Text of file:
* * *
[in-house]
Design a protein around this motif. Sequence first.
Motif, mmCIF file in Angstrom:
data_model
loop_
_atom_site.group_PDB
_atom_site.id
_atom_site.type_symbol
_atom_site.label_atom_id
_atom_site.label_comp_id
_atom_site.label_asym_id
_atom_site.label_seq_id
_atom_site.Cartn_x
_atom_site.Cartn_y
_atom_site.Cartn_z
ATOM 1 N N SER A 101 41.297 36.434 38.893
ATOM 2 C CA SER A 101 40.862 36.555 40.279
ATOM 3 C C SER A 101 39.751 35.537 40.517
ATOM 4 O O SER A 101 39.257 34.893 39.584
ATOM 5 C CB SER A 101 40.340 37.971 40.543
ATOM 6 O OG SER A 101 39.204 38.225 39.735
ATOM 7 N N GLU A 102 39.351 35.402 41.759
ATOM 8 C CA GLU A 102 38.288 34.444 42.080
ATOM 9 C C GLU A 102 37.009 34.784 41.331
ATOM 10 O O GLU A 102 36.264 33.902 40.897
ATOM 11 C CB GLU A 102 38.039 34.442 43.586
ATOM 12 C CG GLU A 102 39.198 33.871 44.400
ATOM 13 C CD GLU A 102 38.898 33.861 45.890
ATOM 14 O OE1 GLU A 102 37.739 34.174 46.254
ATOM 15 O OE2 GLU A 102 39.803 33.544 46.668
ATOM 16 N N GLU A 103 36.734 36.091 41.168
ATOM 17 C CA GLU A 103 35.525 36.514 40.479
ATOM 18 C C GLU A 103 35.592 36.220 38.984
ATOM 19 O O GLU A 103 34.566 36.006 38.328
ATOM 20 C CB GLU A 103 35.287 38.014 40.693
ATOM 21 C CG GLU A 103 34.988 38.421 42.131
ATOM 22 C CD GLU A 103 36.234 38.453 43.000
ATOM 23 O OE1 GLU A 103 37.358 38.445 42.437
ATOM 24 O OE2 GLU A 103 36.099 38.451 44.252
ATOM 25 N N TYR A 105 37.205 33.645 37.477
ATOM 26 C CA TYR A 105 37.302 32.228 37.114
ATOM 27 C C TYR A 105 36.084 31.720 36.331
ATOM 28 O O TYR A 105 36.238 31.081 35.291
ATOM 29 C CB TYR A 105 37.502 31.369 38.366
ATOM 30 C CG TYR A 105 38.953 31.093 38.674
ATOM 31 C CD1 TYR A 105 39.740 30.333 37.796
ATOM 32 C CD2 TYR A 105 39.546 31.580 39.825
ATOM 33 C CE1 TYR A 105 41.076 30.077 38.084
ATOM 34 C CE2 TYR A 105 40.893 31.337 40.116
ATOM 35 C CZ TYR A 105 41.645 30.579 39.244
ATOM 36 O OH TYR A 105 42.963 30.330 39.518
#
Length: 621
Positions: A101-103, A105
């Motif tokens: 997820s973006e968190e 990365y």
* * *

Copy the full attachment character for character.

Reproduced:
[in-house]
Design a protein around this motif. Sequence first.
Motif, mmCIF file in Angstrom:
data_model
loop_
_atom_site.group_PDB
_atom_site.id
_atom_site.type_symbol
_atom_site.label_atom_id
_atom_site.label_comp_id
_atom_site.label_asym_id
_atom_site.label_seq_id
_atom_site.Cartn_x
_atom_site.Cartn_y
_atom_site.Cartn_z
ATOM 1 N N SER A 101 41.297 36.434 38.893
ATOM 2 C CA SER A 101 40.862 36.555 40.279
ATOM 3 C C SER A 101 39.751 35.537 40.517
ATOM 4 O O SER A 101 39.257 34.893 39.584
ATOM 5 C CB SER A 101 40.340 37.971 40.543
ATOM 6 O OG SER A 101 39.204 38.225 39.735
ATOM 7 N N GLU A 102 39.351 35.402 41.759
ATOM 8 C CA GLU A 102 38.288 34.444 42.080
ATOM 9 C C GLU A 102 37.009 34.784 41.331
ATOM 10 O O GLU A 102 36.264 33.902 40.897
ATOM 11 C CB GLU A 102 38.039 34.442 43.586
ATOM 12 C CG GLU A 102 39.198 33.871 44.400
ATOM 13 C CD GLU A 102 38.898 33.861 45.890
ATOM 14 O OE1 GLU A 102 37.739 34.174 46.254
ATOM 15 O OE2 GLU A 102 39.803 33.544 46.668
ATOM 16 N N GLU A 103 36.734 36.091 41.168
ATOM 17 C CA GLU A 103 35.525 36.514 40.479
ATOM 18 C C GLU A 103 35.592 36.220 38.984
ATOM 19 O O GLU A 103 34.566 36.006 38.328
ATOM 20 C CB GLU A 103 35.287 38.014 40.693
ATOM 21 C CG GLU A 103 34.988 38.421 42.131
ATOM 22 C CD GLU A 103 36.234 38.453 43.000
ATOM 23 O OE1 GLU A 103 37.358 38.445 42.437
ATOM 24 O OE2 GLU A 103 36.099 38.451 44.252
ATOM 25 N N TYR A 105 37.205 33.645 37.477
ATOM 26 C CA TYR A 105 37.302 32.228 37.114
ATOM 27 C C TYR A 105 36.084 31.720 36.331
ATOM 28 O O TYR A 105 36.238 31.081 35.291
ATOM 29 C CB TYR A 105 37.502 31.369 38.366
ATOM 30 C CG TYR A 105 38.953 31.093 38.674
ATOM 31 C CD1 TYR A 105 39.740 30.333 37.796
ATOM 32 C CD2 TYR A 105 39.546 31.580 39.825
ATOM 33 C CE1 TYR A 105 41.076 30.077 38.084
ATOM 34 C CE2 TYR A 105 40.893 31.337 40.116
ATOM 35 C CZ TYR A 105 41.645 30.579 39.244
ATOM 36 O OH TYR A 105 42.963 30.330 39.518
#
Length: 621
Positions: A101-103, A105
């Motif tokens: 997820s973006e968190e 990365y």